Figure 2: Lighting energy consumption is compared to other end uses in a nonresidential building. On average, lighting energy consumption is 20% of the current stock of commercial buildings. Courtesy: Arup, with data from Commercial Buildings Energy ConsuHowever, is the amount of lighting energy consumption significant? According to the 2003 Commercial Buildings Energy Consumption Survey (CBECS), 1,340 trillion Btus of energy are consumed for lighting energy consumption annually among the current stock of buildings. On average, this is 20% of the total site energy of the current stock of commercial buildings (see Figure 2). For medium-sized commercial buildings, money spent on lighting can be hundreds of thousands of dollars annually.

Techniques for lighting energy reduction

In many cases, lighting designers are able to curb much of the lighting energy consumption through previously tested techniques. At the conception of a building’s design, designers already are considering how the massing effects energy consumption. Daylighting sensors take advantage of natural daylight to light perimeter spaces. This has the potential to save a significant amount of energy because most commercial buildings are occupied in daylight.

Aside from using energy efficiency lamps and daylighting sensors, controllability gives the user the ability to manage lighting levels. Rather than on/off switches, dimming controls allow the user to set the lighting to levels that are preferable and may be lower than what is designed for the space. Automatic controls, vacancy, and occupancy sensors work well in transient spaces such as school corridors where occupancy is predictable under certain operating hours.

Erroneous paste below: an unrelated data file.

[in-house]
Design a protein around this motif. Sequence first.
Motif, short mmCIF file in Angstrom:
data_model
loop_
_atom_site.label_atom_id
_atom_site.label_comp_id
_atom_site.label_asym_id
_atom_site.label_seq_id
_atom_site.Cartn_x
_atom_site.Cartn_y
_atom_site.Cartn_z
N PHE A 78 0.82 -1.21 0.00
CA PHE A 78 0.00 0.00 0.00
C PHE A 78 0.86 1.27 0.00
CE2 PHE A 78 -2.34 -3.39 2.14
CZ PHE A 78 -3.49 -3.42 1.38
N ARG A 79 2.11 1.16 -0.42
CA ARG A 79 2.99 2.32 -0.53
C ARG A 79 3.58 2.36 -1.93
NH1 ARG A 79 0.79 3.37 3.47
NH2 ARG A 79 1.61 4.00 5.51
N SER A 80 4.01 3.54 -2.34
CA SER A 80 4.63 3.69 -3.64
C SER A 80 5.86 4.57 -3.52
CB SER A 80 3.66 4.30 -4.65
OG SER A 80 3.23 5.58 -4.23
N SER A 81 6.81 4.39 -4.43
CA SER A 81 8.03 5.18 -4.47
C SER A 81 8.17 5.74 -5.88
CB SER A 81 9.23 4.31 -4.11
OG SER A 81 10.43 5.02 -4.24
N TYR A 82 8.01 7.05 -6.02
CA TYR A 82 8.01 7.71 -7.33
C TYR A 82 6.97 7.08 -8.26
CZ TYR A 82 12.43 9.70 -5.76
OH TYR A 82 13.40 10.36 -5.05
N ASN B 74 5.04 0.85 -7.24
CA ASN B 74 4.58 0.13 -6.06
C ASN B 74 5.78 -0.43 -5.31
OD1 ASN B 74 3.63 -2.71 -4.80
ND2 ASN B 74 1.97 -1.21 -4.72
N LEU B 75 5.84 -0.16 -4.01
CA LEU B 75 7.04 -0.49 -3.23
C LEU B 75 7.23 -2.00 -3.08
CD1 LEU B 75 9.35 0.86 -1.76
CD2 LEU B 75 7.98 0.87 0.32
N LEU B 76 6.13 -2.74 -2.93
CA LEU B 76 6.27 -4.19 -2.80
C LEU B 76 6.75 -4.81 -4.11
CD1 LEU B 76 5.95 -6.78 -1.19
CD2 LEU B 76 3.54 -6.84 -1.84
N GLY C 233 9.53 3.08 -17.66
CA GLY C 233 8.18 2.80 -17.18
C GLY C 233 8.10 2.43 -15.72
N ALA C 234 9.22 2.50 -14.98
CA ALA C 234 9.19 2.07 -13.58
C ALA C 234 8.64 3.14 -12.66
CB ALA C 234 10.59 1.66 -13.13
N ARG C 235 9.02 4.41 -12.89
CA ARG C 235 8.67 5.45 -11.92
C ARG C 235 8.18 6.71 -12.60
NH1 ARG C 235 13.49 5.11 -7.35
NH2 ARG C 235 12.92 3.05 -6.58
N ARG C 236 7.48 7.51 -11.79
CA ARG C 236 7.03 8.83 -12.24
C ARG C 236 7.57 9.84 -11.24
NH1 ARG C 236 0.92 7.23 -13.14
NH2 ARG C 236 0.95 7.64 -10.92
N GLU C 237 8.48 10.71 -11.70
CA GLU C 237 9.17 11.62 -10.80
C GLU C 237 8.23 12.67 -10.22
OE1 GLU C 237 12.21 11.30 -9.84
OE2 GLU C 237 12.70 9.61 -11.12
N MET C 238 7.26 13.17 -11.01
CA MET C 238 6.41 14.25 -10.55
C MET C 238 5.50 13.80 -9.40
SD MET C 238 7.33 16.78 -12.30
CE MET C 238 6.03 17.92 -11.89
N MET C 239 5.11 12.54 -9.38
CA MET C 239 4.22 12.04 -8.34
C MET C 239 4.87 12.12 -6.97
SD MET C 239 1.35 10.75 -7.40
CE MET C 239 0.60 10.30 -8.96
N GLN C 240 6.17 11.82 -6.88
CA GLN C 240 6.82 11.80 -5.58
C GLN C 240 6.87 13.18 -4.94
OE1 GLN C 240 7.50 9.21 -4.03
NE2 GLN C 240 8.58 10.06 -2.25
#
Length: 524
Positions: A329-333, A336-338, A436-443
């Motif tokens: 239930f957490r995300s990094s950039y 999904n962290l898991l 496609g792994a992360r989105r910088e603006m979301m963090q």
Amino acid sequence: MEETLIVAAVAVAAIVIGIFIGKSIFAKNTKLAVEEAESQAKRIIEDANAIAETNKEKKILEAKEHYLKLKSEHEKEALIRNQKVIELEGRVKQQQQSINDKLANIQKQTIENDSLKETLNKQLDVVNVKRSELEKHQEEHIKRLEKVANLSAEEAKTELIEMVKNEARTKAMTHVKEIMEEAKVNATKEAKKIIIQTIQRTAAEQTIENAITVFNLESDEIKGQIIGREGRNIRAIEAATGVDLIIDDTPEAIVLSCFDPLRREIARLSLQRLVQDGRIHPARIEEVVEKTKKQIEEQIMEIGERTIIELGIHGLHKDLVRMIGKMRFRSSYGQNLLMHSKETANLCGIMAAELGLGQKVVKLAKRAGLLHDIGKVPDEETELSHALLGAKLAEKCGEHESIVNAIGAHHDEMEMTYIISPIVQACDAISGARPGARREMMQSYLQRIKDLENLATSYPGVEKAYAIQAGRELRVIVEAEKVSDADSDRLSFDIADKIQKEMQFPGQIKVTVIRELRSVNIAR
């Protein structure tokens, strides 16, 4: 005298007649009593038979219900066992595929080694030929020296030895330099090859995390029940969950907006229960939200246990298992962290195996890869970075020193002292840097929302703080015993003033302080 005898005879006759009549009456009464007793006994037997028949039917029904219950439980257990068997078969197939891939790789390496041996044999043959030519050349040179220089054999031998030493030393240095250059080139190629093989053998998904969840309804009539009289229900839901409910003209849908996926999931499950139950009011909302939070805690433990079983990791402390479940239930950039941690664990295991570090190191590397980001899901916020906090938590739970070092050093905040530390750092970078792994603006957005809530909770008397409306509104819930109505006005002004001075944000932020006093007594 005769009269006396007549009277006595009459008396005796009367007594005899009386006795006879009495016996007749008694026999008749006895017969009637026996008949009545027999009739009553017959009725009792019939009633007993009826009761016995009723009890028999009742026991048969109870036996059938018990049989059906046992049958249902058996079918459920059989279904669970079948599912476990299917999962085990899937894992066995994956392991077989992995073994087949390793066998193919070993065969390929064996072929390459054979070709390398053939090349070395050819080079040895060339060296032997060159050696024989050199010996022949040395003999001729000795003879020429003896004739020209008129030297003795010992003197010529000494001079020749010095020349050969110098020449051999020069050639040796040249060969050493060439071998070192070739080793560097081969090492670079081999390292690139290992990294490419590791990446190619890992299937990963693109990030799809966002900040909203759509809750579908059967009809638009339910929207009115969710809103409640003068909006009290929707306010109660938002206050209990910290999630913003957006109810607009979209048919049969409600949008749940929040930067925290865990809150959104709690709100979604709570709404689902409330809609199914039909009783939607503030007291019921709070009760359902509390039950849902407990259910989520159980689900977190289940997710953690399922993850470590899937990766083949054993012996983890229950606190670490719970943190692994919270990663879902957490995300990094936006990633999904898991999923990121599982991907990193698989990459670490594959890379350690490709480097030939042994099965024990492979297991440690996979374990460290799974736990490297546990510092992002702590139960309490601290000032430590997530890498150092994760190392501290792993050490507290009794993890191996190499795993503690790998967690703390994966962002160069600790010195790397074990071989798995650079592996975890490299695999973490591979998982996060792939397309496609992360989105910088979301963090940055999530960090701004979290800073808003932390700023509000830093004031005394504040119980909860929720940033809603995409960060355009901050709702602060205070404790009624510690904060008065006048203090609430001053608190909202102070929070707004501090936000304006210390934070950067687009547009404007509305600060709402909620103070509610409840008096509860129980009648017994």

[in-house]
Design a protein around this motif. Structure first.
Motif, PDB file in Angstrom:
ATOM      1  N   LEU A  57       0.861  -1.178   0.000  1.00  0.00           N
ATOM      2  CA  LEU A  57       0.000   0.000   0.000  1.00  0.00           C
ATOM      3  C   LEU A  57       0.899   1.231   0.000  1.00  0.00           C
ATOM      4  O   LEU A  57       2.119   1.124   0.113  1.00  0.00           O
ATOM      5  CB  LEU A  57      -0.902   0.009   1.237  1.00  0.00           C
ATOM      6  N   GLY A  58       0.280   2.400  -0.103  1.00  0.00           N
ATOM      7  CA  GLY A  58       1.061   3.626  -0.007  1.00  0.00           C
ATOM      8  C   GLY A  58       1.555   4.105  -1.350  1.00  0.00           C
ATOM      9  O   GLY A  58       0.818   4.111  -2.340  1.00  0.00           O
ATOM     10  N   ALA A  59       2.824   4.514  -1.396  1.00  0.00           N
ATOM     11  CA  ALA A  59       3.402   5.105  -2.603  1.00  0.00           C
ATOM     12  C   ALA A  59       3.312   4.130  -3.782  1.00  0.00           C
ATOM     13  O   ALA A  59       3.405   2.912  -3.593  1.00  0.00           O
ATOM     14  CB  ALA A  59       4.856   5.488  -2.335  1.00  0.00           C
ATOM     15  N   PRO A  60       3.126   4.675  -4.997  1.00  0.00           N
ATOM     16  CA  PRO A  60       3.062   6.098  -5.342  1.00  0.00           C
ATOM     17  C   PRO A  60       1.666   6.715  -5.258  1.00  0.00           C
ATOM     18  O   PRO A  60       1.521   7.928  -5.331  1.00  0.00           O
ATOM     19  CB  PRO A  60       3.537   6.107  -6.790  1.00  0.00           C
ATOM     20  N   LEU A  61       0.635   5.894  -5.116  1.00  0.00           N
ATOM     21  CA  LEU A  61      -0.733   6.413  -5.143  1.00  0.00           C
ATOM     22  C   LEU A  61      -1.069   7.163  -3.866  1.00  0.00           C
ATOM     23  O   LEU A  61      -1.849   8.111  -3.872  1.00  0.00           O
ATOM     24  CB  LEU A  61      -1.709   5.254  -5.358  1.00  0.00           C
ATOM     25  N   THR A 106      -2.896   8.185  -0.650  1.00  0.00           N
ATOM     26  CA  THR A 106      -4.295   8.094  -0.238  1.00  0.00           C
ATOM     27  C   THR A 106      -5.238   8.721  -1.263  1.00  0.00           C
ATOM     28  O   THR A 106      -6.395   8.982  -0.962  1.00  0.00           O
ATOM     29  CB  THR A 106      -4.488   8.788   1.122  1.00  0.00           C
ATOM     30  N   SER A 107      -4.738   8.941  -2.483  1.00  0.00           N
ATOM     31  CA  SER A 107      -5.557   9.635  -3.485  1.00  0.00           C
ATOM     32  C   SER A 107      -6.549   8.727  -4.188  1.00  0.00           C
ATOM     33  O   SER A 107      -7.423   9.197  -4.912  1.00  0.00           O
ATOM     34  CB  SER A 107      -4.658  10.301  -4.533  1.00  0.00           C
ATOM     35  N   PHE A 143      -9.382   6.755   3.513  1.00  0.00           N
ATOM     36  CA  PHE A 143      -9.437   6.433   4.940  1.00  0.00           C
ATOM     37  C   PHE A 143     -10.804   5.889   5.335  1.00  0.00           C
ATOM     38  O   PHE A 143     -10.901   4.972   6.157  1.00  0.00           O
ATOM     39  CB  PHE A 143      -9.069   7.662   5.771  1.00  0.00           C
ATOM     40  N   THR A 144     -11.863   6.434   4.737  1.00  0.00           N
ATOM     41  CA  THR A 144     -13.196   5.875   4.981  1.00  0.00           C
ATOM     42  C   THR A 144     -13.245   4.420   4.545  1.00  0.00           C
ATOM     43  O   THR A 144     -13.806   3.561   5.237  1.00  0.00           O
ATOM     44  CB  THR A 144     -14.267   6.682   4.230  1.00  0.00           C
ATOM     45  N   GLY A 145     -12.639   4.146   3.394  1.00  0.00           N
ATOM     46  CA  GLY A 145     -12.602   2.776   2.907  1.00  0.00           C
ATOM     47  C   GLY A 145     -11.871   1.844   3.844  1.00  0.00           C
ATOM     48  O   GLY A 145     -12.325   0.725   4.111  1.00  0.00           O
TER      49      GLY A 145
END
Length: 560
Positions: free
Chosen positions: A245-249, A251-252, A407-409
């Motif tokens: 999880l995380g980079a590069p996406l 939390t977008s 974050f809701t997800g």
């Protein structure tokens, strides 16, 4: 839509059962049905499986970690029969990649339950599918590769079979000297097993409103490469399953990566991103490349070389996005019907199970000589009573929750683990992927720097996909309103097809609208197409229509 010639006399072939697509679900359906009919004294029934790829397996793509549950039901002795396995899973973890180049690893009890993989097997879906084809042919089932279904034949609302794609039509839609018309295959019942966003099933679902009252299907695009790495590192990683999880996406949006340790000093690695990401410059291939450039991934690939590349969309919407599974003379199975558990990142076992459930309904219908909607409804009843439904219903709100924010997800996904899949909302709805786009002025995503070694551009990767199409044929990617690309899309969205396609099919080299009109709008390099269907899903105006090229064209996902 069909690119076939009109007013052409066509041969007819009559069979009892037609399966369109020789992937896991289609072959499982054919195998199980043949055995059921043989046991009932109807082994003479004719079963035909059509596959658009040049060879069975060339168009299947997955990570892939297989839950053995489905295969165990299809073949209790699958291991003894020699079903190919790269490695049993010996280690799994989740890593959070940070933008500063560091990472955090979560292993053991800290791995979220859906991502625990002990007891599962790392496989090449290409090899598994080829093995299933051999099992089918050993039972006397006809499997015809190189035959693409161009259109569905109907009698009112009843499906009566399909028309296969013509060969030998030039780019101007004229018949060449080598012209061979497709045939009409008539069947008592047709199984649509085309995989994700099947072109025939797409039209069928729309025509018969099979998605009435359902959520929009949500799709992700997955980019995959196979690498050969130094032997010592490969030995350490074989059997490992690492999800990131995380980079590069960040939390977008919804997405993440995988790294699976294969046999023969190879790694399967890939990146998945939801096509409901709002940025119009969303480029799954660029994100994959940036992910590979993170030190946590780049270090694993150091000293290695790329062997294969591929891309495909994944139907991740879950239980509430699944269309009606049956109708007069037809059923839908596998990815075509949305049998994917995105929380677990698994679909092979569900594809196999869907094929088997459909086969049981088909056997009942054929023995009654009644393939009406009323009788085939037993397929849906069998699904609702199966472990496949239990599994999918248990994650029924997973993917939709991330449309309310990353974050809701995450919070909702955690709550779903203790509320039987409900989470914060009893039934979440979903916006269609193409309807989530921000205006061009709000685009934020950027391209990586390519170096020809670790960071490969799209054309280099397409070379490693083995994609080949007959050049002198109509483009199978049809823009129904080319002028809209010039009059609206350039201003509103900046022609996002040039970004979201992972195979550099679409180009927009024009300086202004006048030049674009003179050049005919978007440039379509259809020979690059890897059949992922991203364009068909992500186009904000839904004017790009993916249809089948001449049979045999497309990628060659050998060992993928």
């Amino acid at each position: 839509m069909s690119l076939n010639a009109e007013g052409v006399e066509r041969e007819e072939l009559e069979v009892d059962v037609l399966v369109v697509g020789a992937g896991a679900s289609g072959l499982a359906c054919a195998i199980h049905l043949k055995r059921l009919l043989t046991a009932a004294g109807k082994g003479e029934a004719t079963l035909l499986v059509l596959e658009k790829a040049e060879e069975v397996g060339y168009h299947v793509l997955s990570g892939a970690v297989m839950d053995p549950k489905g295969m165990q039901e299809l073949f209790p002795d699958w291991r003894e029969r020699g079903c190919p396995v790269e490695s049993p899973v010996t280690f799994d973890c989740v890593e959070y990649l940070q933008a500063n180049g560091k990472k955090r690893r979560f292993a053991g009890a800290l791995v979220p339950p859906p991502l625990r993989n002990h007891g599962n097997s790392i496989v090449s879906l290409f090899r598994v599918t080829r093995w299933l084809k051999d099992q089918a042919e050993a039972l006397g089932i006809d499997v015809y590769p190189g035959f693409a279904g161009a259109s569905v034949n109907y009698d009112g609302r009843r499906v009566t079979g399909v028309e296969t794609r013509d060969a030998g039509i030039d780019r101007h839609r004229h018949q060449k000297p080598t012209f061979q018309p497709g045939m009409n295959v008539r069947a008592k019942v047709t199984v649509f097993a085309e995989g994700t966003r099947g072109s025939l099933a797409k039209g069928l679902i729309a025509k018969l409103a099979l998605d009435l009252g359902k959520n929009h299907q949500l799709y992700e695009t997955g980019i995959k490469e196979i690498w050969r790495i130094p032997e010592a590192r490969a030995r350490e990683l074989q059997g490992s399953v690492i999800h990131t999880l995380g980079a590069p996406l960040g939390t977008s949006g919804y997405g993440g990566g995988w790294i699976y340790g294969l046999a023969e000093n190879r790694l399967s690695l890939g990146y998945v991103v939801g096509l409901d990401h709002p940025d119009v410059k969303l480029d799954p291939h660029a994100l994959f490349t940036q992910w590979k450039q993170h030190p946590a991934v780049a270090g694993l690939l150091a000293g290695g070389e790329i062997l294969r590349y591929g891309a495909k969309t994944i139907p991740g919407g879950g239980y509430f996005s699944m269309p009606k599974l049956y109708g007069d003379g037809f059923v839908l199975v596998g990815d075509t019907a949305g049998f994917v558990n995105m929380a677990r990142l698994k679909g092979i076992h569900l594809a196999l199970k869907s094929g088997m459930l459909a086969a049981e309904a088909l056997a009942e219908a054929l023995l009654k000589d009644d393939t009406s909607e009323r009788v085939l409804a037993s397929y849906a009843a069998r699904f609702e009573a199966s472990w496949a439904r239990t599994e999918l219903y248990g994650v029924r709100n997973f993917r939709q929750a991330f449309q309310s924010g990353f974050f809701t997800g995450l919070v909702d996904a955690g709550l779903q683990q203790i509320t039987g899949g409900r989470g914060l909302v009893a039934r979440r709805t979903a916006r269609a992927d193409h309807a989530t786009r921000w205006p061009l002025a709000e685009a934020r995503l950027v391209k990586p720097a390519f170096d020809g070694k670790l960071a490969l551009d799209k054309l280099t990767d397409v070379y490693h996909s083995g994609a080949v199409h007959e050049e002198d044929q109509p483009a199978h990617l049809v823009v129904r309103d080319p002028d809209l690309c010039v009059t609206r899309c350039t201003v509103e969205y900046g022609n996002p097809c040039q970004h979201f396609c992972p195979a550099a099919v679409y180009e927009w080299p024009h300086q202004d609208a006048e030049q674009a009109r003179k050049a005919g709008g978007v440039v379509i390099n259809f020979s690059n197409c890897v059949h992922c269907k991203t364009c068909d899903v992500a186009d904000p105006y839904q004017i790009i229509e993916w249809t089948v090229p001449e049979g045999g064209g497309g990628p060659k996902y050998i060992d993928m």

For building owners looking to do retrofit projects, swapping out old lighting fixtures can be an economic choice. Payback periods as low as 9 mo for hospitality buildings and 3.5 yr for office areas have been achieved. Table 1 contains data assessing the current stock of commercial buildings: lamp types, efficacies, the average number of lamps per building, the quantity used in buildings currently, and average operating hours per day. We can observe several things from this table:

  • Commercially available LEDs are up to eight times more efficient than incandescents. Research is proving this number can increase significantly in the coming years.
  • Fluorescents are commonly used in commercial building applications. Incandescents still constitute 22% of all lamps used in commercial buildings and require four times more energy than fluorescents.
  • Only one out of three commercial buildings have LEDs installed. Based on this, we can see tremendous savings by switching over to newer technologies.
  • Control strategies for dimming or turning off lights when not in use can reduce the number of hours lighting is in operation.